55 Years of Real Estate: 2013 CREB® Past President Becky Walters

Former CREB® president Becky Walters remembers how communities rallied in following natural disaster in 2013

Becky Walters remembers 2013 like most Calgarians do – one equally fraught with harrowing tales of devastation and inspiring stories of community spirit following a historic flood that left many communities underwater.

In June 2013, Alberta experienced heavy rainfall that sparked 32 states of local emergency in communities throughout southern Alberta and resulted in billions of dollars in insurable damages.

“It was something that affected the whole city, of course,” said Walters, who, six months earlier, had become president of CREB®.


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Nature’s wrath reinforces disaster preparedness initiative

New program launches to help Calgary businesses with disaster resiliency

Recent tornado warnings, several thunderstorm watches and the wrath that Mother Nature has been trowing at southern Albertans as of late is reinforcing a new joint initiative from the Calgary Emergency Management Agency (CEMA) and the Calgary Chamber of Commerce that aims to help local businesses prepare for emergencies and disasters.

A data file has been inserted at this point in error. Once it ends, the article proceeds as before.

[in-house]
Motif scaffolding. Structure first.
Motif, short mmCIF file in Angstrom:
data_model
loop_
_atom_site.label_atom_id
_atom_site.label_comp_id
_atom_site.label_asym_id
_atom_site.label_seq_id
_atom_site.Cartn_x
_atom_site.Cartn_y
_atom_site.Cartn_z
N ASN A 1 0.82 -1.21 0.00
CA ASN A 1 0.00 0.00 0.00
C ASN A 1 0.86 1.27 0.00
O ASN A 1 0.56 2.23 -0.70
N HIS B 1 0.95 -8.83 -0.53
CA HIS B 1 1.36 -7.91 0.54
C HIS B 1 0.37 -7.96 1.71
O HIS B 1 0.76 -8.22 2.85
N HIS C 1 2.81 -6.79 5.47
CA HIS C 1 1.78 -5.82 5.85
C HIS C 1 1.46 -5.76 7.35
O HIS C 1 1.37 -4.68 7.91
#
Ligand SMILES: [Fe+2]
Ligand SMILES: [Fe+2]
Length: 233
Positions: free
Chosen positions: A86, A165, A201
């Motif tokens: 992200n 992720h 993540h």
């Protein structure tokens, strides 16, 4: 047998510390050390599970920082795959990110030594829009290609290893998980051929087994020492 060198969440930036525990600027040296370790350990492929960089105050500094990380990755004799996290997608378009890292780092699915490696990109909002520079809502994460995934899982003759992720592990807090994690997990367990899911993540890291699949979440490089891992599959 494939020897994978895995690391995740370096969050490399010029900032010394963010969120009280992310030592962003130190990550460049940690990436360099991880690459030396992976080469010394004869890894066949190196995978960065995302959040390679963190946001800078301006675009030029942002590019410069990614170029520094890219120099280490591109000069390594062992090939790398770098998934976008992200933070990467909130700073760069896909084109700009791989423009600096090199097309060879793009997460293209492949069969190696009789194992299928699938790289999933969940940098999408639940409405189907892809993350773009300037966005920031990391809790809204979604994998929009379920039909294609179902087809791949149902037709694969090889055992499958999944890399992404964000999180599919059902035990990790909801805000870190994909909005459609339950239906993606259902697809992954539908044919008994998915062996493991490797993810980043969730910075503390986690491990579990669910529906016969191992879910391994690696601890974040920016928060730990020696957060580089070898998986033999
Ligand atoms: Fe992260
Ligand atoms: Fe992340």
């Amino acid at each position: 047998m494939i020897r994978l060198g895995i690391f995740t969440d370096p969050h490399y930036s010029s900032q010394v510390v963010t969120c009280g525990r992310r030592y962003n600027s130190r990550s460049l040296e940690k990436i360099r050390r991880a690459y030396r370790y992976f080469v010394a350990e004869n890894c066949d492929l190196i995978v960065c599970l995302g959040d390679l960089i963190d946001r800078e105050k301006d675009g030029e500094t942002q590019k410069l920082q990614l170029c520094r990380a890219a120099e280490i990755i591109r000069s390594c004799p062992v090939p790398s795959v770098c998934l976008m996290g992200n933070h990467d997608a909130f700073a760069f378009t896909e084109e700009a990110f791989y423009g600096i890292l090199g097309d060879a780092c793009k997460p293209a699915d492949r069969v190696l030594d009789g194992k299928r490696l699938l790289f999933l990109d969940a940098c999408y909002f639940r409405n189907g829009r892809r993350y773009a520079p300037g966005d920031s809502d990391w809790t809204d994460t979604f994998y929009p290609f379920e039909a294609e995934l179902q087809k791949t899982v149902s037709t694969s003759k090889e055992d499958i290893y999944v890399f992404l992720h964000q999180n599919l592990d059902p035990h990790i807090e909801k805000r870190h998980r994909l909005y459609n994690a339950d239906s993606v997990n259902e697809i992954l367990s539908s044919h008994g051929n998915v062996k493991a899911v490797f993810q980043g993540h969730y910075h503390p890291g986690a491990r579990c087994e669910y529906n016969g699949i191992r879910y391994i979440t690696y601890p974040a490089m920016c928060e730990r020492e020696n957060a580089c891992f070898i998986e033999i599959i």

This summer, CEMA staff will be visiting local businesses with information about how they can make their businesses more resilient. CEMA will distribute its brochure “Is your business prepared?” with supplemental information from the Chamber.

“Whether it was the floods of 2013, the ‘Snowtember’ tree event, or the downtown power outage of this past year, it has become clear that all Calgary businesses need to be prepared to be resilient in case of business interruptions or disasters,” said Chamber president and CEO Adam Legge.


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Come hail or high water

When it comes to natural disasters, know the risks to your home – and how to mitigate their impacts

In the insurance industry, it’s commonly referred to as CAT season, short for catastrophic — that all-too familiar time of the year when hail, rain, fire and brimstone wreaks havoc on our homes.

While the June 2013 floods provided perhaps the most extreme example, every year has been littered with examples — hail that leveled half of Airdrie in 2015, forest fires in northern Alberta in 2011 and so on.

And every year, insurance companies are in the news as homeowners lament that the most recent damage won’t be covered by their current policies.


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